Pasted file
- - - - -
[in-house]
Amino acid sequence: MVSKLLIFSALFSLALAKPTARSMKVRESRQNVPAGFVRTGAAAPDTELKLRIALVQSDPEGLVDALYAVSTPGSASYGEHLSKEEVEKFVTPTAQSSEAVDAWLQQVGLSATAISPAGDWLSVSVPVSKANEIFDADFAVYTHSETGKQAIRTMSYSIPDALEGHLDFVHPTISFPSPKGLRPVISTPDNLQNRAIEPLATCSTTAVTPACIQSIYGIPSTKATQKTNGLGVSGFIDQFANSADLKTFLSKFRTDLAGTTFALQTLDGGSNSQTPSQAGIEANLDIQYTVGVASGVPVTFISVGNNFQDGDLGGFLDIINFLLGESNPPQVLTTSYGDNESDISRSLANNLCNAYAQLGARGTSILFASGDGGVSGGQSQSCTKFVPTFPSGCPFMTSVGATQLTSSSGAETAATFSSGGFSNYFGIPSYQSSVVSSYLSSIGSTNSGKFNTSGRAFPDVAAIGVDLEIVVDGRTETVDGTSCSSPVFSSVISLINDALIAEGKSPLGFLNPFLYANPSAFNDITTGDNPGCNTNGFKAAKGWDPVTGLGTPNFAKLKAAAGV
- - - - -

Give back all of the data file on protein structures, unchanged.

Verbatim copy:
[in-house]
Amino acid sequence: MVSKLLIFSALFSLALAKPTARSMKVRESRQNVPAGFVRTGAAAPDTELKLRIALVQSDPEGLVDALYAVSTPGSASYGEHLSKEEVEKFVTPTAQSSEAVDAWLQQVGLSATAISPAGDWLSVSVPVSKANEIFDADFAVYTHSETGKQAIRTMSYSIPDALEGHLDFVHPTISFPSPKGLRPVISTPDNLQNRAIEPLATCSTTAVTPACIQSIYGIPSTKATQKTNGLGVSGFIDQFANSADLKTFLSKFRTDLAGTTFALQTLDGGSNSQTPSQAGIEANLDIQYTVGVASGVPVTFISVGNNFQDGDLGGFLDIINFLLGESNPPQVLTTSYGDNESDISRSLANNLCNAYAQLGARGTSILFASGDGGVSGGQSQSCTKFVPTFPSGCPFMTSVGATQLTSSSGAETAATFSSGGFSNYFGIPSYQSSVVSSYLSSIGSTNSGKFNTSGRAFPDVAAIGVDLEIVVDGRTETVDGTSCSSPVFSSVISLINDALIAEGKSPLGFLNPFLYANPSAFNDITTGDNPGCNTNGFKAAKGWDPVTGLGTPNFAKLKAAAGV